The NCAA’s latest graduation numbers show nearly four out of five student-athletes earn their diplomas on time, an all-time high, and federal statistics show athletes are still more likely to graduate on time than other students.
“The misconception is that NCAA student-athletes are not good students,” interim NCAA President Jim Isch said in a conference call Wednesday. “The truth, as [late NCAA President] Myles reminded people, is that they could perform in the classroom and they outperformed the general student body in almost every measure.”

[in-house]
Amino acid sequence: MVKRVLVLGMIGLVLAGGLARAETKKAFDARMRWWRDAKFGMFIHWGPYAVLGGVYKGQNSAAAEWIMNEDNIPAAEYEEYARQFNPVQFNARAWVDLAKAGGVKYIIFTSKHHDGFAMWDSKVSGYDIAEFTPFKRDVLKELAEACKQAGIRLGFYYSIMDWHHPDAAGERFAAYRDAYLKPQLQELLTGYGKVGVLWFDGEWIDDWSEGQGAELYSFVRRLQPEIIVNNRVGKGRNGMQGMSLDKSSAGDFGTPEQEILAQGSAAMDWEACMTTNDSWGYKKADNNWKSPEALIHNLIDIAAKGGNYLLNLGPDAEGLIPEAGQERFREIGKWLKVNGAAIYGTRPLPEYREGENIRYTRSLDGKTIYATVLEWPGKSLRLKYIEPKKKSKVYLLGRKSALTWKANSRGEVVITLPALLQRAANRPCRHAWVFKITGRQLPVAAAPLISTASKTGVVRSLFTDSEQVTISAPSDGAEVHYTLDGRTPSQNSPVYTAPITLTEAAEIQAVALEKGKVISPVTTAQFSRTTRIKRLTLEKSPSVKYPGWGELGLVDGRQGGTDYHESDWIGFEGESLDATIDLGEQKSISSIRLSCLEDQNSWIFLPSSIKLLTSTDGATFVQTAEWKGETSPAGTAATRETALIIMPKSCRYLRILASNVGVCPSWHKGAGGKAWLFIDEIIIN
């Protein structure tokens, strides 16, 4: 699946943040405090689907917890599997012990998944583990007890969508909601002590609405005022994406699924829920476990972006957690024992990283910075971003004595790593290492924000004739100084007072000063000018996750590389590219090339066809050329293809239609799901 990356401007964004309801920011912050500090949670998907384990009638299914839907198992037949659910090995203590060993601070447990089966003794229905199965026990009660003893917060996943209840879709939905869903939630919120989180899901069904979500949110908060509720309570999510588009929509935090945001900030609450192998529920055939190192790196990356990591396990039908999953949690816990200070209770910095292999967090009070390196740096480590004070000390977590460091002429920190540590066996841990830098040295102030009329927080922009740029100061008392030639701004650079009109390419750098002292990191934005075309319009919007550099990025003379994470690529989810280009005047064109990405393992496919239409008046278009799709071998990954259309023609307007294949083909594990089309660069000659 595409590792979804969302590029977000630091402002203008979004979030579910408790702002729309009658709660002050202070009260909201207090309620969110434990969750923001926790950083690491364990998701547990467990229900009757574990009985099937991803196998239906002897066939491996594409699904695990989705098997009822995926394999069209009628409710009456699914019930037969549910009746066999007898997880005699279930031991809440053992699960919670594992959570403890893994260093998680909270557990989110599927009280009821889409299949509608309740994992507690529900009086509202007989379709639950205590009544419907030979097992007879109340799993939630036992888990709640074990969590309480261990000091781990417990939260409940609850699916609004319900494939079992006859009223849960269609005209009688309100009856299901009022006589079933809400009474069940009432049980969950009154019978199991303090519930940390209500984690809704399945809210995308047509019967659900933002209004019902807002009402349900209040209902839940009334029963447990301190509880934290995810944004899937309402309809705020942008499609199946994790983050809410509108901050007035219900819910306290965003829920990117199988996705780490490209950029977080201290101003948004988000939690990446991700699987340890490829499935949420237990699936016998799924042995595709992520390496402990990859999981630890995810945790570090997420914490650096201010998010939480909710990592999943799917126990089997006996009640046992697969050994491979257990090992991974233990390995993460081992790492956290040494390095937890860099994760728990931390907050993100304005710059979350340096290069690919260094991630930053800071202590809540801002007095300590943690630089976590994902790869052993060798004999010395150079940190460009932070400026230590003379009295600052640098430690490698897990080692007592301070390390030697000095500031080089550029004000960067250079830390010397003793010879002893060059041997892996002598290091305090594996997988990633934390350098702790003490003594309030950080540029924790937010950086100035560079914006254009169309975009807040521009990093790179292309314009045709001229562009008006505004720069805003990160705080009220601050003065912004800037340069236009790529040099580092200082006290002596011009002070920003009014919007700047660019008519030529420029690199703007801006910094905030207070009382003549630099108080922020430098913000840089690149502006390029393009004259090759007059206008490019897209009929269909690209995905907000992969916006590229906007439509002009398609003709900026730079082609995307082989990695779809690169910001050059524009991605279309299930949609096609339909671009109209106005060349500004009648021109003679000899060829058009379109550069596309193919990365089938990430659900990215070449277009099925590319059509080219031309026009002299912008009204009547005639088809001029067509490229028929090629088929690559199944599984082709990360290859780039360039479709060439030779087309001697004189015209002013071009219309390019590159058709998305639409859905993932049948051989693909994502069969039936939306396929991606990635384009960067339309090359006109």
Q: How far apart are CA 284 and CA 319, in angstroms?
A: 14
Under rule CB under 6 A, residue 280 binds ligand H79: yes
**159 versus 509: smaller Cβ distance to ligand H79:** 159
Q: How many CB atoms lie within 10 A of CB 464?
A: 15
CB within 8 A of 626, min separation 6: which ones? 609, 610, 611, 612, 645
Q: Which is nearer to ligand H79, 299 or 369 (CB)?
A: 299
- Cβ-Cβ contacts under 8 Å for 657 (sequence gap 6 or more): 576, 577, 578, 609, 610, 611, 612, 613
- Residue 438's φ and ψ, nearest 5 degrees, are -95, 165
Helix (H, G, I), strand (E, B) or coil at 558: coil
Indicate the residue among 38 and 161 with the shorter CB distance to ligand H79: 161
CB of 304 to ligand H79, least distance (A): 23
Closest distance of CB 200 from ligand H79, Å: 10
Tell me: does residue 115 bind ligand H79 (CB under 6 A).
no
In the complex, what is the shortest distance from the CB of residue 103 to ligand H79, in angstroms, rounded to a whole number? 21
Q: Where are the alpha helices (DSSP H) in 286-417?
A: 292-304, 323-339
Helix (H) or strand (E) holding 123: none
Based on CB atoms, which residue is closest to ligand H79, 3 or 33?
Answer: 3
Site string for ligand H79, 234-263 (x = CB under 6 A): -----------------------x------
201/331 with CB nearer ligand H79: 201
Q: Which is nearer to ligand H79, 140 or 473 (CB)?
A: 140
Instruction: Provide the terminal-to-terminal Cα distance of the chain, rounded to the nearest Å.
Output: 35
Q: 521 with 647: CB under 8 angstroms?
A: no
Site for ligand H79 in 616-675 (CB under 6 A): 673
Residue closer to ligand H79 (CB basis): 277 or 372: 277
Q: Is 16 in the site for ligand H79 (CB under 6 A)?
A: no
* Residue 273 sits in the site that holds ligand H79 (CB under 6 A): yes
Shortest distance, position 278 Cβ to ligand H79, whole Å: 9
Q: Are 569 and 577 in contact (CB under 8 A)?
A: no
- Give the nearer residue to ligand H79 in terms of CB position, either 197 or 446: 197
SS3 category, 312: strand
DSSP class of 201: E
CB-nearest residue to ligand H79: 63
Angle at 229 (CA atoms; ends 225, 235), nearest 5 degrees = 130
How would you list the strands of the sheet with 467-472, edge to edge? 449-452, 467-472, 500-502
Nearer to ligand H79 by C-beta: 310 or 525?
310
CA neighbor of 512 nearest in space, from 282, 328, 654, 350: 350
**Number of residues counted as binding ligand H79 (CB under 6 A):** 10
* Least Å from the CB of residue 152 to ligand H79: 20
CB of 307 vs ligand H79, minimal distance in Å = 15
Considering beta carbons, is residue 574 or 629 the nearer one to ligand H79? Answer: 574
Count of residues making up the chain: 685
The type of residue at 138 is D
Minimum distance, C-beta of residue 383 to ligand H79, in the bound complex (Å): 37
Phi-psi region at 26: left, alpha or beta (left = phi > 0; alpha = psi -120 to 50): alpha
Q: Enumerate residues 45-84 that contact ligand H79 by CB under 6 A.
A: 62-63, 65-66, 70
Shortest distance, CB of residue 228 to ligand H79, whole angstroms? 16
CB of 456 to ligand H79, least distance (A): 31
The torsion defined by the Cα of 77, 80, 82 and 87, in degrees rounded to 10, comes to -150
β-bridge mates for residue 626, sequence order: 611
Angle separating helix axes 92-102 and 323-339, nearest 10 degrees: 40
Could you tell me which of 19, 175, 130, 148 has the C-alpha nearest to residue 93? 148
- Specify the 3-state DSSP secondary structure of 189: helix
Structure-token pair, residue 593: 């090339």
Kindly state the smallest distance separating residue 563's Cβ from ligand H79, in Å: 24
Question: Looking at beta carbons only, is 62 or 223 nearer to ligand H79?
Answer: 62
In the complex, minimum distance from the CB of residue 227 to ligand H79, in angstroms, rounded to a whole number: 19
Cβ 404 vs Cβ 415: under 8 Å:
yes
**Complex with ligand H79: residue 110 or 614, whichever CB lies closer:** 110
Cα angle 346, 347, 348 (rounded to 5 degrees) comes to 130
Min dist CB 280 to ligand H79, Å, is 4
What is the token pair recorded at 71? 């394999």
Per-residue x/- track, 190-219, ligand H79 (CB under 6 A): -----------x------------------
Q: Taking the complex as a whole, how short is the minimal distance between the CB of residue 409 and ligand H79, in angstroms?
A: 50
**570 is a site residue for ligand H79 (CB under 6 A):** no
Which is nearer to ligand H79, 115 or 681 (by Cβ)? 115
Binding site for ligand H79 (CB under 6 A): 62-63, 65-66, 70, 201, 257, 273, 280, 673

NCAA officials believe the improving numbers can be attributed to stronger eligibility standards for incoming freshmen and a greater emphasis on academics during Brand’s tenure as president.
No surprise to us that female athletes outperformed their male counterparts, 88 percent to 72 percent. The only women’s sport to score lower than 79 percent was bowling at 74 percent (better hit those books bowlers). Women’s basketball came in at 83 percent under NCAA guidelines.
The three biggest men’s sports — football, basketball and baseball — all failed to top 70 percent in the NCAA report (those players better hit the books as well).
Walter Harrison, chairman of the committee on academic performance, believes next year’s rate will show even more progress and he offers congratulations to all student-athletes for proving the critics wrong.